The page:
Author Topic: The Deluded Left  (Read 3476 times)

AI Wessex

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The Deluded Left
« on: April 16, 2016, 08:12:47 AM »
I thought this article was interesting, mostly because it constructs an argument using many false assumptions and then uses it to condemn liberalism/progressivism.  It uses American Jews as its foil, but could apply to any group the author might choose to focus her telescope on.  Reading it is like watching a pathogen grow and multiply in a petri dish, kind of fascinating:

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What does life look like when an individual is completely driven by choices made through the lens of a progressive worldview? Most who subscribe to it fit a stereotype: single, childless, and proud of it. Comedian Sarah Silverman, raised by progressive parents, embodies the progressive woman image. Having recently and passionately endorsed Bernie Sanders in a viral Facebook video, the vulgar but funny Silverman is a darling of the feminist Left. Her sister Susan doesn’t fit quite the profile, though: a married mother of five, and a rabbi at that. Despite Susan’s more traditional household, she too has let her progressive politics guide every major life decision, from marriage to motherhood.

Political observers on the Right often wonder why the vast majority of Jews in America fall on the other side of the political spectrum. A father of the neoconservative movement, Norman Podhoretz, wrote an entire book on the subject, attempting to answer the question “Why Are Jews Liberal?”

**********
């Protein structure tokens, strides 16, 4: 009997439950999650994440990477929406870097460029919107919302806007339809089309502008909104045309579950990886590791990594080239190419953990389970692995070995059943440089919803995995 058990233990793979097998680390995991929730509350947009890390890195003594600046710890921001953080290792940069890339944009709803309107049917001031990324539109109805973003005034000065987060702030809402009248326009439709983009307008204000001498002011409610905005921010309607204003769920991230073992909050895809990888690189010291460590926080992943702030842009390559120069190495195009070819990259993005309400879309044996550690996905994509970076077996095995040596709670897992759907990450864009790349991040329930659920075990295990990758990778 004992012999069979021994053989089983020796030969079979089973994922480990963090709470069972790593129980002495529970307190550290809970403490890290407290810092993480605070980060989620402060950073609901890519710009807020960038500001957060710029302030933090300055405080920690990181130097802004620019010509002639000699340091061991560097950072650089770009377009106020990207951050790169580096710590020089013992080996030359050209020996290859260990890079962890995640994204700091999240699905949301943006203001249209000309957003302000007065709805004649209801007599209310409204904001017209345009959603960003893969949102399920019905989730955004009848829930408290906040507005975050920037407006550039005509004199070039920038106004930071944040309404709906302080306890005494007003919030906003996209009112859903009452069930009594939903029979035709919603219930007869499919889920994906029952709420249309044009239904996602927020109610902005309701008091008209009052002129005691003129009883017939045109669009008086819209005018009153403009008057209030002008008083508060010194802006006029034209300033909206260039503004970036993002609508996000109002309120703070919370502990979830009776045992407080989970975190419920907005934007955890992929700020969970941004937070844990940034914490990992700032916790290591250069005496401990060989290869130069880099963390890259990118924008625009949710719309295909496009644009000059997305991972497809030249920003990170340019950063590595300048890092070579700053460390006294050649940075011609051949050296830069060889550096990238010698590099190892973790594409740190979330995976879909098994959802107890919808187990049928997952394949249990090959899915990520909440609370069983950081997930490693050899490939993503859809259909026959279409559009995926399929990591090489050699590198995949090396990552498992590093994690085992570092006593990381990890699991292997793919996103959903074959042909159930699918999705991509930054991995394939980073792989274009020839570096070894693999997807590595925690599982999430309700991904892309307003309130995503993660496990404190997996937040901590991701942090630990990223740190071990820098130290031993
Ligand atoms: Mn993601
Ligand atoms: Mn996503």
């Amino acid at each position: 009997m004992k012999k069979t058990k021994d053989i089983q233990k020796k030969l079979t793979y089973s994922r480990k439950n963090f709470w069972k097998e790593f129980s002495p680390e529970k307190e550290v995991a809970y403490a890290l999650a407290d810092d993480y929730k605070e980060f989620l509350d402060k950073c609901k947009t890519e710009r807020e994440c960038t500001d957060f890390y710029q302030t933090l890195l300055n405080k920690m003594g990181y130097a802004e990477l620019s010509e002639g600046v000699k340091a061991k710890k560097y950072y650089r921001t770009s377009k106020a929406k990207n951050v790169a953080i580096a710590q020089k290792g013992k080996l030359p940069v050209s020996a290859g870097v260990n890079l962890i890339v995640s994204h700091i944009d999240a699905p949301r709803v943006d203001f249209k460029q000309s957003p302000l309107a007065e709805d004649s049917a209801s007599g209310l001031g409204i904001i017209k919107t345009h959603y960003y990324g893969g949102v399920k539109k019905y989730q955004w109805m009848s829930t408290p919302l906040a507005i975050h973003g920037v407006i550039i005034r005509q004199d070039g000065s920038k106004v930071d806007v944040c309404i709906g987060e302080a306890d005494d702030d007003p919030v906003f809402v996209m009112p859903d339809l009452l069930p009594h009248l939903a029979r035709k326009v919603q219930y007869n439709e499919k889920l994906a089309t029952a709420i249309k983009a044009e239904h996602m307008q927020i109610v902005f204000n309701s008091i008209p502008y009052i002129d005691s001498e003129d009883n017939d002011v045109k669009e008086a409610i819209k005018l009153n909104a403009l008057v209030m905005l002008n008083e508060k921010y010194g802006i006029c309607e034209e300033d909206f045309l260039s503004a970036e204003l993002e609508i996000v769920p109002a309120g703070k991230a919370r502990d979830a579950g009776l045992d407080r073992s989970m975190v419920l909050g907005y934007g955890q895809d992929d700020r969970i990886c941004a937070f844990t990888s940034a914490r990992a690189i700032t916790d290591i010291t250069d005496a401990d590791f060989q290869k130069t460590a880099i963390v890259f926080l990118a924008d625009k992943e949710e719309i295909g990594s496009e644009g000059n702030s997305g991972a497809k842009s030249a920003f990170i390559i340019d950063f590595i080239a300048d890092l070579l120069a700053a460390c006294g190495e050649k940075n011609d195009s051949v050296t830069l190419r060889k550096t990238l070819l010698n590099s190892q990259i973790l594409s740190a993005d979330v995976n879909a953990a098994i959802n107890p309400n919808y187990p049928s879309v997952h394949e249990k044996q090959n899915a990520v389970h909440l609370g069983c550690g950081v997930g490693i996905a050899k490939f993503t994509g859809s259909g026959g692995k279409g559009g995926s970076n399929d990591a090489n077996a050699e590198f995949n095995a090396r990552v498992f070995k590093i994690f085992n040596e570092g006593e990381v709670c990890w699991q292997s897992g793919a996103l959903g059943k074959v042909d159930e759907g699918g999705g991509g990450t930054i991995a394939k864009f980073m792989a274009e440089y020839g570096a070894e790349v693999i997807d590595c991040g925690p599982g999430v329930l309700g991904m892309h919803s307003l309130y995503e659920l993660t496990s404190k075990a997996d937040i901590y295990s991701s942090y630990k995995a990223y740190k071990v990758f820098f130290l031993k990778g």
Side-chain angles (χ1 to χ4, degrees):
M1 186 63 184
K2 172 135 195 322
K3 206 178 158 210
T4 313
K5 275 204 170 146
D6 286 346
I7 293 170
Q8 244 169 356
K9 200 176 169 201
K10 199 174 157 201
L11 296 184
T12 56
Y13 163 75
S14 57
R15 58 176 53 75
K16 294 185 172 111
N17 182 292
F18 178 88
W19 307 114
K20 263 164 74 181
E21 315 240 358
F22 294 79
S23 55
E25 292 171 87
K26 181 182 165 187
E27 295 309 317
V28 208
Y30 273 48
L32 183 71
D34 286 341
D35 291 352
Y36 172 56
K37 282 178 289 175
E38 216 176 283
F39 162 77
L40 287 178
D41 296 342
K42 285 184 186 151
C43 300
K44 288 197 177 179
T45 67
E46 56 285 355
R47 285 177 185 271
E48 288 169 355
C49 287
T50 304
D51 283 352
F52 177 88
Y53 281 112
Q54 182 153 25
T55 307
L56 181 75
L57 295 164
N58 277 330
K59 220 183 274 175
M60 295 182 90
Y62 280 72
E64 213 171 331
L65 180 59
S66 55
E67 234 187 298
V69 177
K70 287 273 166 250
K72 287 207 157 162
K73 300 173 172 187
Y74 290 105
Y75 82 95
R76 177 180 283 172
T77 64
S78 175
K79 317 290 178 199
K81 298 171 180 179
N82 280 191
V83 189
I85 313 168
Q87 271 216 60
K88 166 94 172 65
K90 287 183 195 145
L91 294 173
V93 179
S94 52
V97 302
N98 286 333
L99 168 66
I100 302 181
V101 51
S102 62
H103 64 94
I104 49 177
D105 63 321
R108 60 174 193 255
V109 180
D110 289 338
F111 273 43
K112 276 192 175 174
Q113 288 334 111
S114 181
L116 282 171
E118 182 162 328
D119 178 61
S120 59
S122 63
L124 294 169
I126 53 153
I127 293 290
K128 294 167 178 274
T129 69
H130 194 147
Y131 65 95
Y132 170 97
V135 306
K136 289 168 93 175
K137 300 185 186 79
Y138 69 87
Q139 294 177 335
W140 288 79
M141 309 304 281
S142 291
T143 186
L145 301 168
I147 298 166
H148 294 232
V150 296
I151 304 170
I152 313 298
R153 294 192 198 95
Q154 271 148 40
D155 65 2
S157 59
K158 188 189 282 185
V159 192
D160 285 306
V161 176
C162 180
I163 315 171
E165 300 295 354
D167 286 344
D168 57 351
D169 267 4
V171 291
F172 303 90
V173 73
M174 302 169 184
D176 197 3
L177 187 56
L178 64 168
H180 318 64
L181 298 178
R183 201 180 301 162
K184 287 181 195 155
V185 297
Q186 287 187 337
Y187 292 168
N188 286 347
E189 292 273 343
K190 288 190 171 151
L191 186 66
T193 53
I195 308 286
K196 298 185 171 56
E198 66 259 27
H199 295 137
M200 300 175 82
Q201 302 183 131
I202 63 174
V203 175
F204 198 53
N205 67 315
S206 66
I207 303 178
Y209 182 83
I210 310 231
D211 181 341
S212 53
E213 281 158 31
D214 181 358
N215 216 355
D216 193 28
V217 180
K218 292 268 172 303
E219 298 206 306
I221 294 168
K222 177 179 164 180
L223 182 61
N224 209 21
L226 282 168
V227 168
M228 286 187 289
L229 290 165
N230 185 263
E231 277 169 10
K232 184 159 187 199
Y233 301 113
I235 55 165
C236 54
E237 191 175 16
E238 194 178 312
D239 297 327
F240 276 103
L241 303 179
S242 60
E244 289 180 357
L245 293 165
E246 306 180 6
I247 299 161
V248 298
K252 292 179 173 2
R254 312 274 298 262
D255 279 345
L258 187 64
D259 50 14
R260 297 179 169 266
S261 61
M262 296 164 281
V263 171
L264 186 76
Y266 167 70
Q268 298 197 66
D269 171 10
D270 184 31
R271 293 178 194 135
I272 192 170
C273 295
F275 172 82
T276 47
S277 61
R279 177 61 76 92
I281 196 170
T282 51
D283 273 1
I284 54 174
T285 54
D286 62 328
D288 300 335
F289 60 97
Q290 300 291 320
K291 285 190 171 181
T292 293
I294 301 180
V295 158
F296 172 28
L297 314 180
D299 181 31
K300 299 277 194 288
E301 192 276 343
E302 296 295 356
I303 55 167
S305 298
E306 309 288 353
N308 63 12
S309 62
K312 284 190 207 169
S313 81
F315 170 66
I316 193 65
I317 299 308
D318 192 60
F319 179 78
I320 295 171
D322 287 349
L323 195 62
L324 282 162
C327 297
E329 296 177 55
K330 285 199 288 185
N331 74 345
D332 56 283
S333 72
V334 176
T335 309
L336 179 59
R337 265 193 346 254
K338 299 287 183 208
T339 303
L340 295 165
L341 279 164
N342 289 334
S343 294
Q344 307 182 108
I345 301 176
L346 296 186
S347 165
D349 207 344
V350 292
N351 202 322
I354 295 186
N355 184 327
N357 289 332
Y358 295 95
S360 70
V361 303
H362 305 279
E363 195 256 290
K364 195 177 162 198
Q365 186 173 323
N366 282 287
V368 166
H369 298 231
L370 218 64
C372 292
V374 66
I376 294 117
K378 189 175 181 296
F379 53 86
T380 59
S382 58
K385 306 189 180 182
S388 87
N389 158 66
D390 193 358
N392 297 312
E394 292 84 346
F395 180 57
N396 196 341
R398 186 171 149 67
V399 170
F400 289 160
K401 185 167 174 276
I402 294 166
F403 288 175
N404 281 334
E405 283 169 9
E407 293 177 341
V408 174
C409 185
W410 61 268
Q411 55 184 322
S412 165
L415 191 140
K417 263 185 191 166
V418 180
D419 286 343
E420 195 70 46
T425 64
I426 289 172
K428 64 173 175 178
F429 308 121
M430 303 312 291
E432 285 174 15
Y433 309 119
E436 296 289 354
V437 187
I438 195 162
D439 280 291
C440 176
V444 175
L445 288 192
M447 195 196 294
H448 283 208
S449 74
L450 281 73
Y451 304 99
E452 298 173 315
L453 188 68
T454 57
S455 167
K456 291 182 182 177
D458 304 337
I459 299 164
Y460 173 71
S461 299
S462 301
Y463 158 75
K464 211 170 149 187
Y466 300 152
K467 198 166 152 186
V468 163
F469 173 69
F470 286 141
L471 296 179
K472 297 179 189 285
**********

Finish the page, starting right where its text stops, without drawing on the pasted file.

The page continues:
If the Democratic Party is the one that boos God at their convention and has a president so hostile to the Jewish state that the most recent ambassador wrote a scathing tell-all about the breakdown in relations between the two countries — while both the American president he criticized and the Israeli prime minister he served were still in office — why don’t Jews vote in their own self-interest?

Unfortunately for the Jewish community, a great deal of religious observance has been replaced with the worship of social-justice movements and a belief that tikkun olam (translated as “repairing the world”) is what Judaism now requires of us. Judaism in America falls within three major branches: Reform, Conservative, and Orthodox. Reform and Conservative make up the bulk of the Jewish population, though it is shrinking thanks to intermarriage and low birth rates. Because its demographic trends are opposite of their more religiously liberal peers, Orthodoxy’s share of the American Jewish population is rising.

The article continues with the section heading: The Failure of Liberal Judaism.

I'm curious what others think of the arguments made.

DJQuag

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Re: The Deluded Left
« Reply #1 on: April 16, 2016, 12:42:23 PM »
It's interesting, the way he makes out that the "real" Jews are making up more of the population due to intermarriage. Judaism always seems to get a pass when it's more extreme members start preaching about racial purity.

I know the rule is only the child of a Jewish mother is a Jew, but the whole thing is looking more and more like a one true scotsman type of deal to me. The Reform and Conservatives still seem to think of themselves as Jewish; I'm pretty sure the antisemitic left and right think they are as well.

Greg Davidson